Date of Award
Doctor of Philosophy (PhD)
Cell & Molecular Biology
Marie C. Simon
Soft tissue sarcomas (STS) are a group of malignancies that arise from mesenchymal tissue, consisting of over 50 distinct histiologic subtypes. Unfortunately, the five-year survival rate of sarcoma patients has remained relatively unchanged, and due to the rarity of the disease, research and development of adequate therapeutics for STS lags behind other cancers. Therefore, understanding the molecular drivers of STS is important in developing new therapeutics, as well as discovering druggable processes that occur across multiple subtypes. One feature common to STS is hypoxia, or low O2 conditions. Using molecular biology, biochemical approaches, genetically engineered mouse models, as well as querying publically available data sets, we determined that Hypoxia Inducible Factor (HIF)-2α suppresses fibrosarcoma, dedifferentiated liposarcoma, and undifferentiated pleomorphic sarcoma (UPS) growth in vivo. In addition, we found that STS patient samples express low levels of EPAS1 (the gene encoding HIF-2α). Our results showed increased levels of the calcium activated chloride channel ANO1, in HIF-2α deficient UPS tumors, which increased mTORC1 activity. Additionally, we determined that HIF-2α was epigenetically silenced in STS, and could be re-expressed with histone deacetylation inhibitor (HDACi) treatment. HDACi suppressed STS growth in vivo in a HIF-2α dependent manner. Moreover, we established that autophagy promotes fibrosarcoma and UPS survival under hypoxic and ischemic-like conditions. Autophagic inhibition, either with chloroquine or the more potent autophagy inhibitor Lys05, reduces UPS and fibrosarcoma growth in vitro and in vivo. From these studies, future clinical studies are warranted to test histone deacetylase inhibitors and autophagy inhibitors in patients with the STS subtypes examined here.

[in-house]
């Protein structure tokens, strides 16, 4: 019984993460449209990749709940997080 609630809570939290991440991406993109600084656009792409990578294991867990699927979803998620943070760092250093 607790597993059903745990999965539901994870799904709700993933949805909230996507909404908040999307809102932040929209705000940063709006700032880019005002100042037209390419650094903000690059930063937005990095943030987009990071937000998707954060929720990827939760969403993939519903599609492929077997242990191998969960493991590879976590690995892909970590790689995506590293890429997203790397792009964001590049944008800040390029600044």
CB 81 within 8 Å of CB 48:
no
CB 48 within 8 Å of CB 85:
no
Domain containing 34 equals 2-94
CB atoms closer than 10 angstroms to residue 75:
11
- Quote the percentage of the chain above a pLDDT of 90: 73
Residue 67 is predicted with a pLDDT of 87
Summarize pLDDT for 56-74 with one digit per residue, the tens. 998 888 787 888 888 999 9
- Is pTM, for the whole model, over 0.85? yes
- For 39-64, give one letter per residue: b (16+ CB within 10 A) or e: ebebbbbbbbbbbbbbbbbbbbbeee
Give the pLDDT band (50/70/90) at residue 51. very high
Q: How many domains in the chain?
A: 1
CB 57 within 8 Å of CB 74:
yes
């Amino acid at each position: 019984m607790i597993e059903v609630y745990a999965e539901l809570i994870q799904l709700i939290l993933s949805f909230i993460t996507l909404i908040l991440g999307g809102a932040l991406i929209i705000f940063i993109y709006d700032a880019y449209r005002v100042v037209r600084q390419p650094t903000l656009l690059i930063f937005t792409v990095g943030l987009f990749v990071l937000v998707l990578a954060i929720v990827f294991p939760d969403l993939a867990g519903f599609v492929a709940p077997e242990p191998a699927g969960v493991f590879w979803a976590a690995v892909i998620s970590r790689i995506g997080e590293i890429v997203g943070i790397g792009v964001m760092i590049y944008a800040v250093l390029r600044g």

Nakazawa, Michael, "Targeting Stress Response Pathways in Soft Tissue Sarcoma: The Role of Hypoxia and Autophagy in Tumor Survival" (2015). Publicly Accessible Penn Dissertations. 1908.